You’ll need to read the first two books in this series, but that’s a feature, not a bug. It’s one big story, missing only a fantasy-world map at the beginning of the book. When there’s a map it’s an easy signal, in a good way, that authors think way too much about their stories. In this case, the rest of the book shows the author spent way too much time digging into the world she created.

In short, this is good stuff, and it’ll get you amped up to play more games or read more sword-and-sorcery. At the same time, if possible. I can’t wait to see the next thing that author Robin Dunne does.

Elk Riders by Ted Neill

Reading is fine, but maybe your ears get jealous.  Listening. That’s where it’s at.

That’s the same review I could start any audiobook with, and I just might. Ted Neill’s Elk Riders was a surprise treat — it’s an epic fantasy in an audiobook.

I haven’t yet completed the whole Elk Riders series at the time of this review,  but so far, this whole production is just fun. Listening to this improves drive time by a factor of a zillion.

Family and faith are interwoven in the book’s themes. The stories are cathartic, fun, and thrilling.

My favorite so far is book 3, where the hero is an epileptic. The story doesn’t make him a token or shy away from his challenges. This is not the struggle of a fantasy-adventure character; people I know face that challenge. This is great stuff.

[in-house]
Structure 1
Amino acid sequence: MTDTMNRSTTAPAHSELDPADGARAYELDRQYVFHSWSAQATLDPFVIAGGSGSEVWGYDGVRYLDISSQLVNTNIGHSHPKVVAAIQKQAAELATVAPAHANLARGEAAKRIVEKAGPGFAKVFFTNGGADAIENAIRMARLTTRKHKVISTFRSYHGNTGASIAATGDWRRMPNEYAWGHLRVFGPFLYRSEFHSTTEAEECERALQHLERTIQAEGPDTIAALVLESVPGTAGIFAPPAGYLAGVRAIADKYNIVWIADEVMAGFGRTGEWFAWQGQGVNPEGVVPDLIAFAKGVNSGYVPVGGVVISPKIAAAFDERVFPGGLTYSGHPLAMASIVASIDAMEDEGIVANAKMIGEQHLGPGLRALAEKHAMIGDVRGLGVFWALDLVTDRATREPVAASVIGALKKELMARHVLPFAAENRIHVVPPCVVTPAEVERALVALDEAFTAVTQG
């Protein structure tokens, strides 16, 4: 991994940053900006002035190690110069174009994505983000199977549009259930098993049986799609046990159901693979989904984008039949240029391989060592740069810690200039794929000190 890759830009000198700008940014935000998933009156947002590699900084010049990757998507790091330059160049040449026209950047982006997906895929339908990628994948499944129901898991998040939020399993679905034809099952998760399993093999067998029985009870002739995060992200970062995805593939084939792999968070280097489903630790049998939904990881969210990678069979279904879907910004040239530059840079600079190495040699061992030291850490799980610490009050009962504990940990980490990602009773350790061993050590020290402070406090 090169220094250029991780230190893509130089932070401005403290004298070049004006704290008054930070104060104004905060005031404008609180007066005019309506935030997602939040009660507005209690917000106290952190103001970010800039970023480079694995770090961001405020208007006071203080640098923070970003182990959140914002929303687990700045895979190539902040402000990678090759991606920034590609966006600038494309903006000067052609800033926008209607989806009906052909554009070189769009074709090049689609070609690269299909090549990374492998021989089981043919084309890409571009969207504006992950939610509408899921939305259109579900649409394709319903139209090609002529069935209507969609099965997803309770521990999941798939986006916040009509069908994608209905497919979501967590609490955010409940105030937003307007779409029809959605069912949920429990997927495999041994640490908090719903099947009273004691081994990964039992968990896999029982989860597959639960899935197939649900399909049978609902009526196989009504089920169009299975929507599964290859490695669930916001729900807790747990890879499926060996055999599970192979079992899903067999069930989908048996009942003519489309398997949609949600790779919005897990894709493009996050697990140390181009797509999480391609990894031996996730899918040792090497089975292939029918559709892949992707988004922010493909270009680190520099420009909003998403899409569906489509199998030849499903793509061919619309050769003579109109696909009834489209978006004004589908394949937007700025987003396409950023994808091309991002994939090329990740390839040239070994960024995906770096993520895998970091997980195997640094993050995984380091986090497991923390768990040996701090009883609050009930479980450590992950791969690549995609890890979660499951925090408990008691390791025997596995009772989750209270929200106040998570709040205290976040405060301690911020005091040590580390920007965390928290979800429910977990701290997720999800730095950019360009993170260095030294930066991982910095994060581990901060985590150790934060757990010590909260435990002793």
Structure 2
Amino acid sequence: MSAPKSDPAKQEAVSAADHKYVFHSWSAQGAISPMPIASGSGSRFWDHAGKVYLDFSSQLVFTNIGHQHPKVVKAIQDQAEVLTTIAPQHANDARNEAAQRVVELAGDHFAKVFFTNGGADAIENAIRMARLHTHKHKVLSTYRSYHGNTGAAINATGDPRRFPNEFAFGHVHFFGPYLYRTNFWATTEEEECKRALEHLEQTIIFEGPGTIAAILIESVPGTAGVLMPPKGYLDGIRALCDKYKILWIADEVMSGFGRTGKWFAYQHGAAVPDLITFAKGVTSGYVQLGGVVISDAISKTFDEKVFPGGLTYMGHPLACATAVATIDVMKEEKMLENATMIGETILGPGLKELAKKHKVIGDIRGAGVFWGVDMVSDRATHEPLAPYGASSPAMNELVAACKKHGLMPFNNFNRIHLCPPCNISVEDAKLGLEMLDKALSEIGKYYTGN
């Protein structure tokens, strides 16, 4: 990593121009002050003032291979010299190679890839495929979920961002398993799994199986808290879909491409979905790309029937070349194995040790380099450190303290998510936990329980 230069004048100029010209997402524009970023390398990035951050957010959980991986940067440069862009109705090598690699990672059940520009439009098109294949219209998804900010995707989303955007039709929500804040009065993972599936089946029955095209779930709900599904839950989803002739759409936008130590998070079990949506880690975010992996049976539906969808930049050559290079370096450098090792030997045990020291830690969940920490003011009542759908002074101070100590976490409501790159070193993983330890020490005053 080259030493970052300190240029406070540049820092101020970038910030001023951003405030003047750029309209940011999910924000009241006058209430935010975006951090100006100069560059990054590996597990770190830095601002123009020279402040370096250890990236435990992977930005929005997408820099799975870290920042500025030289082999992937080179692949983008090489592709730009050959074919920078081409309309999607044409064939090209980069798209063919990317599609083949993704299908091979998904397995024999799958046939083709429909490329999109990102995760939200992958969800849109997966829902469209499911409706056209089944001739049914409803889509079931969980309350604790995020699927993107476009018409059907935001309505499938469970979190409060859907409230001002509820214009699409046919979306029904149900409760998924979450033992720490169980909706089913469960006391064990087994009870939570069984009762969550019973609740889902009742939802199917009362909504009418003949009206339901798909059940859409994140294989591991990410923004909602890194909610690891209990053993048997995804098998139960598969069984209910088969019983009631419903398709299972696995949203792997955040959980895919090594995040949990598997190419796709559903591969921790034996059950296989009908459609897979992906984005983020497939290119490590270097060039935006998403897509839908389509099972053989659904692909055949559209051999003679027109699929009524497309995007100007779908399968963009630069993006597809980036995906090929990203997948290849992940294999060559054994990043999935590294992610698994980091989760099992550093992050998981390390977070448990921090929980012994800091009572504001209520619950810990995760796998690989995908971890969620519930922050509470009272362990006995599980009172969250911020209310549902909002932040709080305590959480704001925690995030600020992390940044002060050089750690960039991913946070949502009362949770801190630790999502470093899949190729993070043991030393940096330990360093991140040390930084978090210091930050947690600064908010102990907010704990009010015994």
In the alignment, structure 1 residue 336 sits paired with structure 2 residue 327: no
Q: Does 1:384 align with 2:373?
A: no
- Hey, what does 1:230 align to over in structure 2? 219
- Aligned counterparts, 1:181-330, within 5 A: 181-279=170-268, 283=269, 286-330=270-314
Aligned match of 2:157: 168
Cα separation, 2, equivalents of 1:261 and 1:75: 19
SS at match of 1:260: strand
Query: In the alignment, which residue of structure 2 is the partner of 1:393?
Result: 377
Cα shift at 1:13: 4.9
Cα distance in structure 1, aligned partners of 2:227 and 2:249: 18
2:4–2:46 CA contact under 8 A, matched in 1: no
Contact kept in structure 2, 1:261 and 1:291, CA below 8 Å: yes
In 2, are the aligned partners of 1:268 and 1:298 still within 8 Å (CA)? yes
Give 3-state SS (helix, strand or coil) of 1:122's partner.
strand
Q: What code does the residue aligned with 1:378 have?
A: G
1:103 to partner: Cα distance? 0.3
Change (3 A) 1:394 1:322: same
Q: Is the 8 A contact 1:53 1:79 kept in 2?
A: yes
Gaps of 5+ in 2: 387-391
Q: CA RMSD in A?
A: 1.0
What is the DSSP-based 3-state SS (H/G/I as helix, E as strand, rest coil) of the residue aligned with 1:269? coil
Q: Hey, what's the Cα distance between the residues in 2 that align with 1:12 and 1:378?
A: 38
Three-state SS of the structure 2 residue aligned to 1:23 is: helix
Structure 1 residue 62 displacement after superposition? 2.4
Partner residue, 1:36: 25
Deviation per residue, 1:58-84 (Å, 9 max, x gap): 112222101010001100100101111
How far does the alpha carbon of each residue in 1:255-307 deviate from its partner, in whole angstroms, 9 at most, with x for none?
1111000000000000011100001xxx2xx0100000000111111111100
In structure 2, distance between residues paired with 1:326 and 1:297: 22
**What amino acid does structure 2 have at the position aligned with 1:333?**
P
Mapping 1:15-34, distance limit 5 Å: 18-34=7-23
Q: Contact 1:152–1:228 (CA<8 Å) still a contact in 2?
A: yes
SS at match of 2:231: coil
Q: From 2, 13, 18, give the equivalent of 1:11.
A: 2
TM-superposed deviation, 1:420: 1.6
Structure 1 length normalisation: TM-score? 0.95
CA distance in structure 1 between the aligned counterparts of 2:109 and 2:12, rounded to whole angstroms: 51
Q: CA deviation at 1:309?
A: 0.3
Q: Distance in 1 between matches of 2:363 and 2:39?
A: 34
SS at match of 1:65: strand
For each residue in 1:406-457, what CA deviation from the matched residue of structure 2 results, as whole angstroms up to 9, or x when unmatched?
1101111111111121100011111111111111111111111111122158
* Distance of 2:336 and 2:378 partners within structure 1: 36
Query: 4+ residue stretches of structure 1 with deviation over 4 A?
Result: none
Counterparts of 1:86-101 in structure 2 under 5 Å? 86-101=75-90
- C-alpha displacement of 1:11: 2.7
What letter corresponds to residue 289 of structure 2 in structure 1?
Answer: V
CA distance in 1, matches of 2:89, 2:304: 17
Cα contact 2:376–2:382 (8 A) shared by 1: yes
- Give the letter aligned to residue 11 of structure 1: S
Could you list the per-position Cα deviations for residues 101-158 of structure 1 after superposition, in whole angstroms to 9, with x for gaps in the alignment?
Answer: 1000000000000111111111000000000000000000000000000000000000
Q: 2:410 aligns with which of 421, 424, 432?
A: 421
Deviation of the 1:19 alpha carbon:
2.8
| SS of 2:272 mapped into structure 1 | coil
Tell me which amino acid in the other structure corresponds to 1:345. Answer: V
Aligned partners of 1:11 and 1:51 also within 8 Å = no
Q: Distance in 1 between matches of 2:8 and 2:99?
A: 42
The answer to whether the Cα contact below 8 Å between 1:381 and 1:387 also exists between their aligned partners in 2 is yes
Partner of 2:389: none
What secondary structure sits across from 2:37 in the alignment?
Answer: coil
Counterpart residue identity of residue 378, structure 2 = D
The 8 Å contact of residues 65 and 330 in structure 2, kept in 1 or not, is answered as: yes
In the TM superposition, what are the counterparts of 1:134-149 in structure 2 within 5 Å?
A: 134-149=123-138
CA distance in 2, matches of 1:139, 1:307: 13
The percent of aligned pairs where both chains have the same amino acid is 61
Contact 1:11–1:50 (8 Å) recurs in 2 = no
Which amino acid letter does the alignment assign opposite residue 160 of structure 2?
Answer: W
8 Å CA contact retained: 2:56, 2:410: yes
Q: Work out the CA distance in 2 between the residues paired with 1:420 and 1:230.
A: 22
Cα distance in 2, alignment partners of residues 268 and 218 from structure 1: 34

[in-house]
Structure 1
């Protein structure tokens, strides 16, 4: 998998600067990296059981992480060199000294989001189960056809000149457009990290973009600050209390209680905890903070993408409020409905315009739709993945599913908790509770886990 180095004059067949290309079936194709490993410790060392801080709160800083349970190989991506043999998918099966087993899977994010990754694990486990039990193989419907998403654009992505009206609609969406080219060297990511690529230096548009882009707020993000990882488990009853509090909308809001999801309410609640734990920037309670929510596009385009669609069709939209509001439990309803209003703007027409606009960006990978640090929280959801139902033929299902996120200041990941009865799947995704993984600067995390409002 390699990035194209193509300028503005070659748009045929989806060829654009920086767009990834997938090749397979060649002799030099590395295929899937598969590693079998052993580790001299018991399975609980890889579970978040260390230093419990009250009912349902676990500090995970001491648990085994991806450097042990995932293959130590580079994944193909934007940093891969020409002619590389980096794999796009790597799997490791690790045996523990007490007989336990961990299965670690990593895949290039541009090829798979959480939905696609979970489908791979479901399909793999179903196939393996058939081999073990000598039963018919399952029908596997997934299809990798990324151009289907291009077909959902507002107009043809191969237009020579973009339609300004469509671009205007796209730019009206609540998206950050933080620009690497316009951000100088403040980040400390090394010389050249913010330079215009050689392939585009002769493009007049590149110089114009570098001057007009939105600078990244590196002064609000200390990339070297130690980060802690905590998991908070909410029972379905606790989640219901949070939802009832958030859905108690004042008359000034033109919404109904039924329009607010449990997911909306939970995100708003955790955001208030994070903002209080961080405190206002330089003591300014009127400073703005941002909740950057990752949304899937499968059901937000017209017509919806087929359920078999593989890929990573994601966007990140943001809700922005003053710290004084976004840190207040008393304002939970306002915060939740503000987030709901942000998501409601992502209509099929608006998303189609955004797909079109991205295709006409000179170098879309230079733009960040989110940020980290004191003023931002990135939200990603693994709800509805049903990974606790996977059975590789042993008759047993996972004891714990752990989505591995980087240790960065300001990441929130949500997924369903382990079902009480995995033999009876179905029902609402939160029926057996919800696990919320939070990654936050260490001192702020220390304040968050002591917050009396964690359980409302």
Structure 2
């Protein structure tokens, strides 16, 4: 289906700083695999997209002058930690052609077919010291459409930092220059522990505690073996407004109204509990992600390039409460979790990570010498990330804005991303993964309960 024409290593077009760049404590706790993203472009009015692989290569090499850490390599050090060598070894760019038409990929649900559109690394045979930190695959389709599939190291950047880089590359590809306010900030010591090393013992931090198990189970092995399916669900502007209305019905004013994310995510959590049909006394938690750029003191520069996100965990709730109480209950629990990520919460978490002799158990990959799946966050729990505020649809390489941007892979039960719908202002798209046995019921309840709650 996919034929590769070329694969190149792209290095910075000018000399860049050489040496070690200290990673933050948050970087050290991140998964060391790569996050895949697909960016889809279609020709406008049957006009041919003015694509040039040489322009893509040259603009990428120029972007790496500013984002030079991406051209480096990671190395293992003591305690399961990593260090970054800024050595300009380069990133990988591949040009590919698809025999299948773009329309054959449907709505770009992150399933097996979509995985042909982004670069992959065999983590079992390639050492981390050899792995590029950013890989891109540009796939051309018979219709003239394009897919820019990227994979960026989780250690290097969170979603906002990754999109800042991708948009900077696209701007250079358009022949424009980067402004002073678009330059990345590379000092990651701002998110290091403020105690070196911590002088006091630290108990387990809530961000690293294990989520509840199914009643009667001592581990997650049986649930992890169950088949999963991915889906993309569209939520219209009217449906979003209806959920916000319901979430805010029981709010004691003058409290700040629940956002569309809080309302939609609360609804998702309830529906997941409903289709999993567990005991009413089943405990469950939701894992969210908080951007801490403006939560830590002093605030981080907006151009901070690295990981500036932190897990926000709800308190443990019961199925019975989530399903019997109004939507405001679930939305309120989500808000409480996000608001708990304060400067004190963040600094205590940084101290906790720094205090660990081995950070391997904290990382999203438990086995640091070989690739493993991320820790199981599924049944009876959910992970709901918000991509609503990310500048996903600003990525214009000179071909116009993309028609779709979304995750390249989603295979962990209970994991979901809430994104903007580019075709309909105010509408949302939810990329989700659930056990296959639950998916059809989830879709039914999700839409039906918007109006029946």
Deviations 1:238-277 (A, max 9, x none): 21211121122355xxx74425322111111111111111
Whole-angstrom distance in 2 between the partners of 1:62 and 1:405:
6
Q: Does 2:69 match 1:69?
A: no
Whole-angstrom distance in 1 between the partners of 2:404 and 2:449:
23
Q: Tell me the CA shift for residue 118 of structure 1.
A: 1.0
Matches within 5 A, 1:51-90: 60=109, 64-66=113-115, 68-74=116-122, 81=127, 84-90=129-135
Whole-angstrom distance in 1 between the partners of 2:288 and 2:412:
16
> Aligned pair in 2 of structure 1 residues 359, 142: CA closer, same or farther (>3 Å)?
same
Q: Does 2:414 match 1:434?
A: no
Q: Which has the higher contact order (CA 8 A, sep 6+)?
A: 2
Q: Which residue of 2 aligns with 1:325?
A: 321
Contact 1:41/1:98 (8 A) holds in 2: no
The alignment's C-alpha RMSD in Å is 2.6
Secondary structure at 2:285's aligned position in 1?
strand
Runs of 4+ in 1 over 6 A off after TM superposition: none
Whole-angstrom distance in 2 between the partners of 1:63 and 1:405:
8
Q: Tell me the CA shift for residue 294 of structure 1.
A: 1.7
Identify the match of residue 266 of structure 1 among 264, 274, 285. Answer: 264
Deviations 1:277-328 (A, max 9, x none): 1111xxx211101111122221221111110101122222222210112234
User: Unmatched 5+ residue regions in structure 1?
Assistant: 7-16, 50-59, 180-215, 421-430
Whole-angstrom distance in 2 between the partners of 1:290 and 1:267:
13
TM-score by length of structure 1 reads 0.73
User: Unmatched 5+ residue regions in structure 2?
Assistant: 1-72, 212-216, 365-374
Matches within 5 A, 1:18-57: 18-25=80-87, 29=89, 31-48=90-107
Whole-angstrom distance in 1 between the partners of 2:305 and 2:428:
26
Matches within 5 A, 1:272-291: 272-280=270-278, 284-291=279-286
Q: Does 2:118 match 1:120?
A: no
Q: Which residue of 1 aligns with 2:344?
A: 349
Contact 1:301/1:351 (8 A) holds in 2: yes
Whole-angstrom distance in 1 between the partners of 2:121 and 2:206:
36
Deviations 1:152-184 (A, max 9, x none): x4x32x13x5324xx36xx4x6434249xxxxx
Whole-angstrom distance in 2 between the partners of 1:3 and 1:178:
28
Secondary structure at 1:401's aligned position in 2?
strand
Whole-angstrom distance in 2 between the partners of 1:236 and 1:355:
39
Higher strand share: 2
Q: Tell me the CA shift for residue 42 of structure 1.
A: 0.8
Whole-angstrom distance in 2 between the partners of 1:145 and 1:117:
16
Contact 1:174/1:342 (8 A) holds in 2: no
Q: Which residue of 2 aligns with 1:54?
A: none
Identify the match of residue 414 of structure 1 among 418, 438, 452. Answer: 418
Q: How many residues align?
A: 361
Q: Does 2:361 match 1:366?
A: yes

Above and beyond all that, the stories feature magic elk. I should have led with that.

The Lost Puzzler by Eyal Kless

Author Eyal Kless is a classical violinist, but he can whomp up a sci-fi adventure novel, too.

It’s about a ragtag crowd of people in a dystopian society after everything got blowed up real good.

The press release says the book is a combo of “Mad Max: Fury Road” and “The Canterbury Tales,” and now I can’t un-compare the book to those two things. The author captures the energy and the craziness of “Fury Road” in the world he creates, while the depth of the characters shows that he has thought way too much about the world he has created (I mean that as a compliment.)

This one is the first book in a series, and you will need need the next part, right now. Or sooner.

Political Comedy Bonus: Donald and the Golden Crayon

I’m all in for figuratively flipping the bird at authority figures, and this one takes aim at one Donald Trump himself.

It’s a parody of “Harold and the Purple Crayon,” the classic book for kiddos. As such, it nails the tone and the style of the source material.

As political funniness, the book is pretty good. It pokes PG-13 fun at the prez, going all-in on references to a few dozen of the zillions of Trump-centric things that have happened during the Trump presidency.

A concern of mine is how well this book will age. That’s not a big concern for its makers, probably — it makes fun of a moment in time, like a “Saturday Night Live” sketch.

The book takes good shots at the prez, but not in a mean-spirited way — the book is more Jimmy Fallon instead of John Oliver.

The book ends in a rush, trying to cram in a bunch of Trump references that the book had not yet hit on. However, the final page is a deep pop culture reference that I really liked.

There will be enough material to make a sequel, maybe by the time I’m finished writing this review.

It’s difficult to laugh at some of this stuff, but we have to give it a shot.